The Value of Youth Voice

In my ongoing search for foundation funding to support CommonAction, I am constantly find that nonprofits are asked to expound on the “value” of their program. A course I took on grantwriting and a lot of books about foundations say that “value” in this case is a code word that implies economic worth. What is the value of youth voice?

Our society alternates in the way it sees young people, fluctuating from consumer to ward to student to truant to outright criminal. The whole time so many youth are drawn to these flames like moths, compelled to behave one way or another through the influence of schooling, television or popular culture. The alternatives are cast in a variety of lights, and depending on the circumstance, community service can be a punishment or a reward; activism can be heroic or demonic; self-expression can be intrusive or releasing. Perhaps most confusing, sometimes each can be the other, simultaneously.

The value of youth voice goes far beyond any economic indicators or social factors; instead, it jabs right at the heart of possibility and potential that is far beyond the grasp of any measurable outcomes. That is awesome, and daunting, particularly while I’m trying to secure funding that will allow CommonAction to work directly with young people to open up these possibilities.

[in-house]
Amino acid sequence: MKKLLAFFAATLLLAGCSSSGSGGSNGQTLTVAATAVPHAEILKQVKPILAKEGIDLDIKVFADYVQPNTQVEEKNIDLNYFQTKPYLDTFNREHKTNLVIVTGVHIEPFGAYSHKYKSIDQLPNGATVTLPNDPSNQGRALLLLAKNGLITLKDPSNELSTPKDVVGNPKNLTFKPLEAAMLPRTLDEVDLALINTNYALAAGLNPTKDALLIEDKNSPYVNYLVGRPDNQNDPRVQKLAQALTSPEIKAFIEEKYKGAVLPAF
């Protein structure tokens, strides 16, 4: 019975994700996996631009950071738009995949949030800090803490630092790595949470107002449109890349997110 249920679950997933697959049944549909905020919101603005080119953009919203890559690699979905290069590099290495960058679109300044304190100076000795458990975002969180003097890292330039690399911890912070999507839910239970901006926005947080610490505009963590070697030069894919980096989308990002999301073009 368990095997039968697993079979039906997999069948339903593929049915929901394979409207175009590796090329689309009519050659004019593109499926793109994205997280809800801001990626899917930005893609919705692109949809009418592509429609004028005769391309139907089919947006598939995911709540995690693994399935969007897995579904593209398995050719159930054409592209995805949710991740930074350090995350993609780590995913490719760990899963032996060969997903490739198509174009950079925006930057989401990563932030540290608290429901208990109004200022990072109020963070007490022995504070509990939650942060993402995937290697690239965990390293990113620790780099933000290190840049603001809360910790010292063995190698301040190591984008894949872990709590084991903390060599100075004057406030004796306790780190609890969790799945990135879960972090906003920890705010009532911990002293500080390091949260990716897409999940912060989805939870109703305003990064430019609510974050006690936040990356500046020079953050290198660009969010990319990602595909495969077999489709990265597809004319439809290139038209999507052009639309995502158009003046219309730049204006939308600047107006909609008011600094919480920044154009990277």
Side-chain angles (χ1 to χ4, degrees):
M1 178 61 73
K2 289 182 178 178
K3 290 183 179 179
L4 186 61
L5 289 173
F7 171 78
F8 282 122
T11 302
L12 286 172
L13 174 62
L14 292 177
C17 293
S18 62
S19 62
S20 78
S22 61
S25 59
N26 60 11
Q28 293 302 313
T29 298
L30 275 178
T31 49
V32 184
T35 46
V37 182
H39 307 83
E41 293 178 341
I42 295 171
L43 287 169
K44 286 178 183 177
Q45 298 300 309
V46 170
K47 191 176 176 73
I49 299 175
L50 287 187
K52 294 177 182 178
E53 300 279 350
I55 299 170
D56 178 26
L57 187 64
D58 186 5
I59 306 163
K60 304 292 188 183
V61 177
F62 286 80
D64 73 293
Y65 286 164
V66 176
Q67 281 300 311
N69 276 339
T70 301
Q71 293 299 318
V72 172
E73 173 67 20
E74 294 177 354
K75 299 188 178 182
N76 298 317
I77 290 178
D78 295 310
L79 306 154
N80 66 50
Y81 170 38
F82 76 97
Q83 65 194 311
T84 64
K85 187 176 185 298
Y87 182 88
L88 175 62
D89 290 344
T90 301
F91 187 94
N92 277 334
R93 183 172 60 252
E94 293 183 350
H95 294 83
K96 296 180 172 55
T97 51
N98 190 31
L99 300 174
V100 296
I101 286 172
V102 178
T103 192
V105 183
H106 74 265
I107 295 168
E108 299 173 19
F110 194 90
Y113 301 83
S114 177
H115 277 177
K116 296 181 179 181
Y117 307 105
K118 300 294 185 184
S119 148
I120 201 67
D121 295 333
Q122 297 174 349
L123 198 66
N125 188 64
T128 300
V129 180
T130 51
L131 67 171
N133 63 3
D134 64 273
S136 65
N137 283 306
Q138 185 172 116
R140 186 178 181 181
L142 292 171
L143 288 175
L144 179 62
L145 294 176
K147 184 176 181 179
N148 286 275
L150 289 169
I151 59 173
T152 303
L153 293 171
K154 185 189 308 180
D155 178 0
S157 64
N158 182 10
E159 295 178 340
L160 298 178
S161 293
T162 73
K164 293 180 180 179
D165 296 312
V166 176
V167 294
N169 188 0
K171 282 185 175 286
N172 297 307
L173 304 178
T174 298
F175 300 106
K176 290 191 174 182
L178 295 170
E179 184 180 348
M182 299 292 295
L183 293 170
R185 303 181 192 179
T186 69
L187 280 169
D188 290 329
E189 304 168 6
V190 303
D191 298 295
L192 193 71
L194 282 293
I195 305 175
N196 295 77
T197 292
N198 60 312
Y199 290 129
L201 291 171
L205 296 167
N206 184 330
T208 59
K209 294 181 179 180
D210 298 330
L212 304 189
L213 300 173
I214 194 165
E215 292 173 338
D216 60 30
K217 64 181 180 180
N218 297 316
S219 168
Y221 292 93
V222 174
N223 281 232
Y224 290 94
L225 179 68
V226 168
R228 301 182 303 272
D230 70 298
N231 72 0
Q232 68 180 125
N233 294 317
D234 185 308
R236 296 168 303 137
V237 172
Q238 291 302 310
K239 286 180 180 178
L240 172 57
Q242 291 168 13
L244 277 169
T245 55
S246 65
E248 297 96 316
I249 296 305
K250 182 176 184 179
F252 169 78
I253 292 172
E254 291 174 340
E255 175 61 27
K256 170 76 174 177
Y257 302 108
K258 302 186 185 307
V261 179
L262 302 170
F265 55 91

For now I will concentrate on the qualitative value of youth voice:

  • Greater self-confidence and self-esteem;
  • Increasing sense of worthfulness;
  • Increasing feeling of power;
  • A consistent experience of being taken seriously;
  • An increasing capacity to function well in the world;
  • A growing positive self-concept;
  • Increasing constructive acting out;
  • Increasing self-awareness in acting out, and;
  • Increasing feeling of belonging and engagement.

Maybe I will delve into the quantitative value as well:

  • Increasing percentages of participation
  • Diminishing negative perceptions of youth among general population
  • Increasing likelihood of return involvement
  • Growing awareness among adults in the general population of the value of youth voice
  • Decreasing “engagement gaps” among various socio-economic groups
  • Increasing frequency of opportunities for youth voice
  • Heightened respect for youth voice among general population
  • Increasing returns from youth voice opportunities

However, I am still having a difficult time trying to wrap my head around the authentic value of youth voice. Any suggestions?

Published by Adam F.C. Fletcher

I'm a speaker, writer, trainer, researcher and advocate who researches, writes and shares about education, youth, and history.

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